An indie’s crowdsourcing survival guide – 5/31/13

An indie’s crowdsourcing survival guide

Blog by Ryan Casey, High Class Kitsch

Kickstarter is a very odd beast. There are projects hitting all levels of complexity and from just about any kind of people you can imagine. You could see a one man team looking to get a pet project funded for just $500. Then again, you can see Zach Braff asking for $2,000,000 for a new movie. However, no matter the size of the project or who is running it, one thing remains the same: You must find people and convince them that your project is awesome enough to give money to.

I am one of four members of a brand new indie studio, High Class Kitsch. Toward the beginning of April this year, we decided that we should run a Kickstarter campaign to help us release our game, Pandora: Purge of Pride. Nothing too odd about the story so far, right? Well, there are a couple things you should know about High Class Kitsch. When I say we are a brand new studio, I mean it. We originally formed as a student team to work on our senior project at Worcester Polytechnic Institute. That project is what would become Pandora: Purge of Pride, our debut title. This lack of direct, tangible evidence of previously published titles or big-name companies that we had worked for was going to make running our Kickstarter tough.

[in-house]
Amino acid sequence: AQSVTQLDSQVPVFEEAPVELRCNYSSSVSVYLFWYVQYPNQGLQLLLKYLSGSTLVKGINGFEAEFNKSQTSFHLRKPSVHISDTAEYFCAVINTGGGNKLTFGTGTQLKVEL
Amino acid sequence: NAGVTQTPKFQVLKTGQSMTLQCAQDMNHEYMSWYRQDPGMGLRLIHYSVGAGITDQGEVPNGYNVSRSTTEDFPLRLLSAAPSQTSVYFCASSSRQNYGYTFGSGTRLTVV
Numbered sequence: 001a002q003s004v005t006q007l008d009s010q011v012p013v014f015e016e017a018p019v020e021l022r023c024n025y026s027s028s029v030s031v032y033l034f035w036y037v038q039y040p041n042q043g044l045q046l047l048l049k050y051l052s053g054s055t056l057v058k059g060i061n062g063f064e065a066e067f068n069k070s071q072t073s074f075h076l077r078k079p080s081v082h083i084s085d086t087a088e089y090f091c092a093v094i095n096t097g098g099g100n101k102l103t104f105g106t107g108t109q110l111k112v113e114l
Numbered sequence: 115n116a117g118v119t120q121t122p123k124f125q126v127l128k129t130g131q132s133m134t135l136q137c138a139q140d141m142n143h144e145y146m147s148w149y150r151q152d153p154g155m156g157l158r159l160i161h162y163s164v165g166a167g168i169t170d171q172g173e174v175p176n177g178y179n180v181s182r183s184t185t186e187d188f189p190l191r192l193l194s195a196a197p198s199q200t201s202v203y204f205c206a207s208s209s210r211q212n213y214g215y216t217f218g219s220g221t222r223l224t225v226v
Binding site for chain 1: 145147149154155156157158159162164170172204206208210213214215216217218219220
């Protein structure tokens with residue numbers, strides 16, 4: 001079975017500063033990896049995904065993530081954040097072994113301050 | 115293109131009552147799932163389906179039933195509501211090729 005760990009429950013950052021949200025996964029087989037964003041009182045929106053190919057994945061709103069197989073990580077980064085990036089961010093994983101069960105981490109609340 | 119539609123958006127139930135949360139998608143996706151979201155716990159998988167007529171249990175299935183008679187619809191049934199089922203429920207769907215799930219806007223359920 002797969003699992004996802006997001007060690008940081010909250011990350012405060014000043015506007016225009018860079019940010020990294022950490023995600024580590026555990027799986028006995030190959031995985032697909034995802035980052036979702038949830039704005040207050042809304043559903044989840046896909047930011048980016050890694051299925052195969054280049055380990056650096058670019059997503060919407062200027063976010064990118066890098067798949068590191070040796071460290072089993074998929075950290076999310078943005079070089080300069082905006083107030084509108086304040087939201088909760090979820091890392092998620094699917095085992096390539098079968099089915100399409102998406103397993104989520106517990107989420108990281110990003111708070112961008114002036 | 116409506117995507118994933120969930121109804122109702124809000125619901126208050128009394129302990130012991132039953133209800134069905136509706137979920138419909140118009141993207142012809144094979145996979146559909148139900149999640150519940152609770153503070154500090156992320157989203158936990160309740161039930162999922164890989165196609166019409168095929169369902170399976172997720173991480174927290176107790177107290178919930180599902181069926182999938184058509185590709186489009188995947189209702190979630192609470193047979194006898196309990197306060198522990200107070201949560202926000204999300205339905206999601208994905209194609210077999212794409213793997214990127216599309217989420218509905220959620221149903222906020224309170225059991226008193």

This wasn’t going to be easy.

However, we went for it. We set a goal of $5000, and I we buckled down for a busy month. I am happy to report that our Kickstarter ended today, and we exceeded our goal, reaching $6101. We are by no means rich off this, but we met each and every one of our goals. Now that we are at the end of our Kickstarter experience, I have some insight for anyone who is planning to fund their game, especially if you are super new like we are.

1.      Know what you are selling